MTR Custom Leather SOB Defense Holster A-1B

A-1B SOB Small of the Back Defense with added thumb break strap and retention screw holster. In our Saddle tan bullhide leather with black Tiger Shark reinforce mouth piece that wraps around the back! We don’t play around when it comes to building holsters! #mtrcl

Pennsylvania COVID Restrictions Prevent NRA’s Great American Outdoor Show

HARRISBURG, Pa. – To the great disappointment of tens of thousands of sportsmen and women, COVID-related governmental restrictions in the Commonwealth of Pennsylvania will prevent the 2021 Great American Outdoor Show from being held as scheduled on February 6-14, 2021.

Since the NRA created the Great American Outdoor Show in 2014, the show has been a much-anticipated annual event and a major boon for the state and local economy. More than 1,100 exhibitors and tens of thousands of people from Pennsylvania and indeed around the country and globe would converge on the Pennsylvania Farm Show Complex each year contributing approximately $75 million to area businesses and state coffers, according to official local estimates.

The NRA will certainly miss the opportunity to celebrate America’s great firearm, hunting, fishing and outdoor heritage, but we look forward to seeing old friends and meeting new ones at the Great American Outdoor Show scheduled to be held February 5 – 13, 2022.

Ukoala Bag Drawing Winner 2020 Breast Cancer Awareness Special Edition

We would like to give everyone a big thank you who participated in the drawing for the Ukoala Bag and took time to give us a review! We choose a automatic raffle app to do the drawing fairly! It’s recorded.. and the #1 WINNER IS DAWN REEVES. Congratulations!


Halloween is a holiday celebrated each year on October 31, and Halloween 2020 will occur on Saturday, October 31. The tradition originated with the ancient Celtic festival of Samhain, when people would light bonfires and wear costumes to ward off ghosts. In the eighth century, Pope Gregory III designated November 1 as a time to honor all saints. Soon, All Saints Day incorporated some of the traditions of Samhain. The evening before was known as All Hallows Eve, and later Halloween. Over time, Halloween evolved into a day of activities like trick-or-treating, carving jack-o-lanterns, festive gatherings, donning costumes and eating treats.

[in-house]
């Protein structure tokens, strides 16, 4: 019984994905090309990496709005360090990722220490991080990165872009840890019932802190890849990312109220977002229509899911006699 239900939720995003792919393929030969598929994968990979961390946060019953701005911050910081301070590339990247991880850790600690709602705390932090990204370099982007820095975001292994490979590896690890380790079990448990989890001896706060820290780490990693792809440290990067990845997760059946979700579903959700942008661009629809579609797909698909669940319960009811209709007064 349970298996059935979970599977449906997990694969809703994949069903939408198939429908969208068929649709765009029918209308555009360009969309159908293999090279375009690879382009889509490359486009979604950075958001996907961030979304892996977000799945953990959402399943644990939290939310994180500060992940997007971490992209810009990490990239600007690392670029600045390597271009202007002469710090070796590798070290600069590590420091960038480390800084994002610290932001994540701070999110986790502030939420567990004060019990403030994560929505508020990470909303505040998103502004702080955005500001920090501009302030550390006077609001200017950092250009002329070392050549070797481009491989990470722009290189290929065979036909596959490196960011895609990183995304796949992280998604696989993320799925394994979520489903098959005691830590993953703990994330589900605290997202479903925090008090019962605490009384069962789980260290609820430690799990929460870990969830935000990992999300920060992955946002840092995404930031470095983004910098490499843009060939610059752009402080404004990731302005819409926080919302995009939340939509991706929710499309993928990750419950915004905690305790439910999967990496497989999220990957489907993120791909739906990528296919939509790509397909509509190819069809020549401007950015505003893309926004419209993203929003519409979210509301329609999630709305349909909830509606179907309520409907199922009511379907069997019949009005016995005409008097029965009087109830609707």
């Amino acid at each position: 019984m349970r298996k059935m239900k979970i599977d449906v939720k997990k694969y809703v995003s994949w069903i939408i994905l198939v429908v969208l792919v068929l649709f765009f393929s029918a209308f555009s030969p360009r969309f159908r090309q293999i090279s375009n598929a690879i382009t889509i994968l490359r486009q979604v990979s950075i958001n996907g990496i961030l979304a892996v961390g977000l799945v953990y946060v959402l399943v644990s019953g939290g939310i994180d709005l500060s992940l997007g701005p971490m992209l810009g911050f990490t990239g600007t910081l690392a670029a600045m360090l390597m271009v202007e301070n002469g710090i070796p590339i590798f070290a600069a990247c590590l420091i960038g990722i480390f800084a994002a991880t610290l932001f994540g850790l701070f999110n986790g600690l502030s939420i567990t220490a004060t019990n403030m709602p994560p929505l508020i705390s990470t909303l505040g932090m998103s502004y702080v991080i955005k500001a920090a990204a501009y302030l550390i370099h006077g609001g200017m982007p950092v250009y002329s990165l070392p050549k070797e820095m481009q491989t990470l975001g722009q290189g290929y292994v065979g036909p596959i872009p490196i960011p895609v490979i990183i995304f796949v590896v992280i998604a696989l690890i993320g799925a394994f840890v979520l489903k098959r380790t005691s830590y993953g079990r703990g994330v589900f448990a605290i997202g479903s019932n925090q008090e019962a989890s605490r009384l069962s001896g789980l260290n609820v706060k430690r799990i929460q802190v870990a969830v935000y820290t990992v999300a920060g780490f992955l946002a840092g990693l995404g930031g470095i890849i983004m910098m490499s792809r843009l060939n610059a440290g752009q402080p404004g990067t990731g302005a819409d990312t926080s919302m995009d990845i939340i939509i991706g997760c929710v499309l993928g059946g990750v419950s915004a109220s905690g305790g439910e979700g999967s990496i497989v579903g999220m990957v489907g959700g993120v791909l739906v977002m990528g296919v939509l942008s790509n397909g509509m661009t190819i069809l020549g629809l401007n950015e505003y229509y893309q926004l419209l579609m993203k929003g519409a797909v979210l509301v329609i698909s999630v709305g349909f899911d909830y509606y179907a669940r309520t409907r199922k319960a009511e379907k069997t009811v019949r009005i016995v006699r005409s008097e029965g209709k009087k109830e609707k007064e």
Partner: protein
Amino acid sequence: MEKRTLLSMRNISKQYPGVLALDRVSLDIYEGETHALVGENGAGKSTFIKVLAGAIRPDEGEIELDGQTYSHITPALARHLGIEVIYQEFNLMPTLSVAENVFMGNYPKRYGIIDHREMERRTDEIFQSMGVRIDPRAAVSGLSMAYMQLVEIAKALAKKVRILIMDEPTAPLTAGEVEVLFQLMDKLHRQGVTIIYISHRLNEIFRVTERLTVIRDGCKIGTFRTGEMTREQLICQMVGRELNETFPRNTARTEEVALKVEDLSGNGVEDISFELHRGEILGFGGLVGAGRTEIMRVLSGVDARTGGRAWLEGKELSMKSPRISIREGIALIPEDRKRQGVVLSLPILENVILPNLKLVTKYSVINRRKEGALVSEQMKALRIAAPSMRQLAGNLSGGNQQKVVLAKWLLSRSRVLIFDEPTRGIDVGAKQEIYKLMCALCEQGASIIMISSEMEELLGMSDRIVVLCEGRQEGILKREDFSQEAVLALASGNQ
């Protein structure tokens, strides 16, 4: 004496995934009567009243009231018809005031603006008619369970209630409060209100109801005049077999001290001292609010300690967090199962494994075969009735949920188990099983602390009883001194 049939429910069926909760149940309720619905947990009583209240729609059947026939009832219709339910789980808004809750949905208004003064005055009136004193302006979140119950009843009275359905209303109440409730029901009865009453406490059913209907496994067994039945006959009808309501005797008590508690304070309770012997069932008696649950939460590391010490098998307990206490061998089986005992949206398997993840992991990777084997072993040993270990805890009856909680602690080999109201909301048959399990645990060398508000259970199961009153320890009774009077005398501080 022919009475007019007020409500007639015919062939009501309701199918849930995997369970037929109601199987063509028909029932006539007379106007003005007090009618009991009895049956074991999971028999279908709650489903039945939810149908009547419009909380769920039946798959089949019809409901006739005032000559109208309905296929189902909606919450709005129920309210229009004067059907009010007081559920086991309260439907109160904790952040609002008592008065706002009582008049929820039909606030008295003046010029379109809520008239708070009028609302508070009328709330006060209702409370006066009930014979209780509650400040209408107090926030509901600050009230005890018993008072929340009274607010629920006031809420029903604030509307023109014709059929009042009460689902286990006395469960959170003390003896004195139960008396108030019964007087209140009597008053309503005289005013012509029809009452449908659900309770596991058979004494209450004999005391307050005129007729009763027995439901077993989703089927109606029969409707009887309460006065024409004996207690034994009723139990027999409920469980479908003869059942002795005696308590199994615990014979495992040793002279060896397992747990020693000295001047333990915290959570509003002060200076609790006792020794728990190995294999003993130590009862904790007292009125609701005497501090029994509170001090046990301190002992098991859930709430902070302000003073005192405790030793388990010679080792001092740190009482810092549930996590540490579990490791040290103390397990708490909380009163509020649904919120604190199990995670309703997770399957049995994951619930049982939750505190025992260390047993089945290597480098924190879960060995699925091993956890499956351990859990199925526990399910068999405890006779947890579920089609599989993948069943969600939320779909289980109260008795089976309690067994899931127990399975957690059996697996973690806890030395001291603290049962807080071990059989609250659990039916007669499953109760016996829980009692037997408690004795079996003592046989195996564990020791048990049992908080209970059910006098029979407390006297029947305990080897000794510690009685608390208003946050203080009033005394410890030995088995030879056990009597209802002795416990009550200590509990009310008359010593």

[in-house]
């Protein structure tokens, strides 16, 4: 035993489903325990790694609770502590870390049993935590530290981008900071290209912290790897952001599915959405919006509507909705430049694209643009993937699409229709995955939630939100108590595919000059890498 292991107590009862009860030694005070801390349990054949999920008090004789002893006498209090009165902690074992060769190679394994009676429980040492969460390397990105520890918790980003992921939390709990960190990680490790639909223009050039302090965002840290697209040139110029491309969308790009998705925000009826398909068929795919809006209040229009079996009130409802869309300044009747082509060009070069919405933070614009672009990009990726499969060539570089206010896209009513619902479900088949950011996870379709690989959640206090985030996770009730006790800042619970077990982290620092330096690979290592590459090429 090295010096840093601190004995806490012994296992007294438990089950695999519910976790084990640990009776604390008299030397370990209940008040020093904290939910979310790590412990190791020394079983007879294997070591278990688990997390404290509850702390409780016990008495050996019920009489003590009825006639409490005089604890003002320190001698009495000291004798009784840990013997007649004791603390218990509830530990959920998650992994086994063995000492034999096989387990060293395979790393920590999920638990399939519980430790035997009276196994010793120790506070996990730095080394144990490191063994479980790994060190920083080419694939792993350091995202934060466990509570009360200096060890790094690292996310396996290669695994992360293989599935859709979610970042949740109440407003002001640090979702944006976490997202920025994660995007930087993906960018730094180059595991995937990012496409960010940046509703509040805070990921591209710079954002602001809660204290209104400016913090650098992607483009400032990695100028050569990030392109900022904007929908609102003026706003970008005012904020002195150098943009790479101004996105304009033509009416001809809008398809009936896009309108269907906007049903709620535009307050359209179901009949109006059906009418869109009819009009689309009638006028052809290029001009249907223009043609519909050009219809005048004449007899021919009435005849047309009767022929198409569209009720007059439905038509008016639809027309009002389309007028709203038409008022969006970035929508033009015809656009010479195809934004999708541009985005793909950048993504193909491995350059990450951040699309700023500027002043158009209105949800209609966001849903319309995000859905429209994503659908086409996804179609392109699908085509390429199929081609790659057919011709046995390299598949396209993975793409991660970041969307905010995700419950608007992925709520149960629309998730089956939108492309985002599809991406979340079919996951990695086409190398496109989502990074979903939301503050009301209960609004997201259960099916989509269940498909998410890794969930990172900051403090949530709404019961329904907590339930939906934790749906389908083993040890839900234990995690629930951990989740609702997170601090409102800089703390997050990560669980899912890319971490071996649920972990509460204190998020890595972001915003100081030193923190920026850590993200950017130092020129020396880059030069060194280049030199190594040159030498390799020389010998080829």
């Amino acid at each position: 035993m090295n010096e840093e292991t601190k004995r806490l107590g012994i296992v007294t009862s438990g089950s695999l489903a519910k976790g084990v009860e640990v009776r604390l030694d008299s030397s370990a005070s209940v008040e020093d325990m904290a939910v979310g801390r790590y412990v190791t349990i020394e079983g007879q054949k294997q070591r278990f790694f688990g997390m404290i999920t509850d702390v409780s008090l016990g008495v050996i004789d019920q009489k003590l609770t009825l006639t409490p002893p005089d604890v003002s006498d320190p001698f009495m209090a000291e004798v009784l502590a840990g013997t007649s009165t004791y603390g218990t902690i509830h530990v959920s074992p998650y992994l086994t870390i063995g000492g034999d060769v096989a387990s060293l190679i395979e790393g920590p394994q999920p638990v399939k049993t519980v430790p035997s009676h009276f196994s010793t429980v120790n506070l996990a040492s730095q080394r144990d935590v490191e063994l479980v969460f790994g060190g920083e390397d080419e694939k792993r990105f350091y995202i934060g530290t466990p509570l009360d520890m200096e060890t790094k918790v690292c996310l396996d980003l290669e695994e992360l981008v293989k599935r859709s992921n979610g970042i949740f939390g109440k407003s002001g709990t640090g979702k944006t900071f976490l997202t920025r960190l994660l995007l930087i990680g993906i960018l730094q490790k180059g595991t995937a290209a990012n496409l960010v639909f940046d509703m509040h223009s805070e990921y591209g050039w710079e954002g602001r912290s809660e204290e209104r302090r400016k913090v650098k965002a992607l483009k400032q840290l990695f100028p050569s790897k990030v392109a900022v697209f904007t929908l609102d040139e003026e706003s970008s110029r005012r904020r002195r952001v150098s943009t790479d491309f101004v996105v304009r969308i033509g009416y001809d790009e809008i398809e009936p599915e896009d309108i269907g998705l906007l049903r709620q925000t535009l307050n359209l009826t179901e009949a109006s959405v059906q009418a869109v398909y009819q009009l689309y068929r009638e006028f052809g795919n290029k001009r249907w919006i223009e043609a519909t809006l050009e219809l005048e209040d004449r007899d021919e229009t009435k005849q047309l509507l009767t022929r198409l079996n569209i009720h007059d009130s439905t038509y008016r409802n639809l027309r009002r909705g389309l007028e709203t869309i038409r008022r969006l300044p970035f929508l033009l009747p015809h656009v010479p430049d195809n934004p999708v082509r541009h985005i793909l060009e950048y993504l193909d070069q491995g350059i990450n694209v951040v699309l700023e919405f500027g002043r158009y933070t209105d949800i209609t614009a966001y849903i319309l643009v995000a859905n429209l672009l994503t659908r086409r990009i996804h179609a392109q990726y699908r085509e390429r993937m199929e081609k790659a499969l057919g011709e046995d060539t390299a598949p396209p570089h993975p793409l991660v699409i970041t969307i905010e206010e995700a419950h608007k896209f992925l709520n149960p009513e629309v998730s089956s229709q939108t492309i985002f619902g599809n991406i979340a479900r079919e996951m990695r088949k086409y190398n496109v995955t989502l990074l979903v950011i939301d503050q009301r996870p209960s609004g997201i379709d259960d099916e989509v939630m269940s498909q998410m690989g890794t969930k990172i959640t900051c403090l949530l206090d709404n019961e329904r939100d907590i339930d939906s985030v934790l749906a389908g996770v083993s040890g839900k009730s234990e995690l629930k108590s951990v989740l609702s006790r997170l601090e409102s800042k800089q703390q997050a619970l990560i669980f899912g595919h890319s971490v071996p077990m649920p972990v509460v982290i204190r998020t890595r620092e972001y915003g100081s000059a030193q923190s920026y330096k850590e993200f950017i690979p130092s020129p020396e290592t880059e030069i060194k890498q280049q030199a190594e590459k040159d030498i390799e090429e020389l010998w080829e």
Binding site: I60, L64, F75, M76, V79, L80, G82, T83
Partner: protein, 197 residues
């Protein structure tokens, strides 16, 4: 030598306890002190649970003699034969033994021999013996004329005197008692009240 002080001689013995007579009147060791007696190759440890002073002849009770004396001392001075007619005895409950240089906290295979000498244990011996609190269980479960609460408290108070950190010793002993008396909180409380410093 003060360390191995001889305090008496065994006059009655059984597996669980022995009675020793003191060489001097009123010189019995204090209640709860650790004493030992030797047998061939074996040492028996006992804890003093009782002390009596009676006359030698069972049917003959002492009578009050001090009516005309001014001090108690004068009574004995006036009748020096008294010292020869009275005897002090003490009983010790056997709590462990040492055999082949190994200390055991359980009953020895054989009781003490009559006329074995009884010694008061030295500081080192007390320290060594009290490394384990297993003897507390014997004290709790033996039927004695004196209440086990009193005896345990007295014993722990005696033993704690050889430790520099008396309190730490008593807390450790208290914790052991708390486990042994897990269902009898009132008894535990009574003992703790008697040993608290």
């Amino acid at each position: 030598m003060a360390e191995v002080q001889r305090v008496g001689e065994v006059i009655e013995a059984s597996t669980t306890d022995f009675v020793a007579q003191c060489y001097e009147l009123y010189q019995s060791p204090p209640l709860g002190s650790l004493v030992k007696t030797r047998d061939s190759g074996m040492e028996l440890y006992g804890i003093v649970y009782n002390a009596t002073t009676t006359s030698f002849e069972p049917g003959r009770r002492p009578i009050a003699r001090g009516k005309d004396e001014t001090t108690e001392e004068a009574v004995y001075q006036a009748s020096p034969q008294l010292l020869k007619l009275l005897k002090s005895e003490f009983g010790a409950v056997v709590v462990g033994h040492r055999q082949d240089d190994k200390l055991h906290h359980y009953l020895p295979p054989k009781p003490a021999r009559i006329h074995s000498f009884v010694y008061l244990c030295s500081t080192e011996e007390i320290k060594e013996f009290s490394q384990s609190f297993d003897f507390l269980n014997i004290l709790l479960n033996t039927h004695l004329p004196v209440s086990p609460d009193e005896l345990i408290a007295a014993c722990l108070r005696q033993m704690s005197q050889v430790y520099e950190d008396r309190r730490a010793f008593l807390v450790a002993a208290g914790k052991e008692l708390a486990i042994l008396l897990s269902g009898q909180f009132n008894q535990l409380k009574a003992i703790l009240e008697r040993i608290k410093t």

Ancient Origins of Halloween

Halloween’s origins date back to the ancient Celtic festival of Samhain (pronounced sow-in). The Celts, who lived 2,000 years ago, mostly in the area that is now Ireland, the United Kingdom and northern France, celebrated their new year on November 1.

This day marked the end of summer and the harvest and the beginning of the dark, cold winter, a time of year that was often associated with human death. Celts believed that on the night before the new year, the boundary between the worlds of the living and the dead became blurred. On the night of October 31 they celebrated Samhain, when it was believed that the ghosts of the dead returned to earth.

In addition to causing trouble and damaging crops, Celts thought that the presence of the otherworldly spirits made it easier for the Druids, or Celtic priests, to make predictions about the future. For a people entirely dependent on the volatile natural world, these prophecies were an important source of comfort during the long, dark winter.

To commemorate the event, Druids built huge sacred bonfires, where the people gathered to burn crops and animals as sacrifices to the Celtic deities. During the celebration, the Celts wore costumes, typically consisting of animal heads and skins, and attempted to tell each other’s fortunes.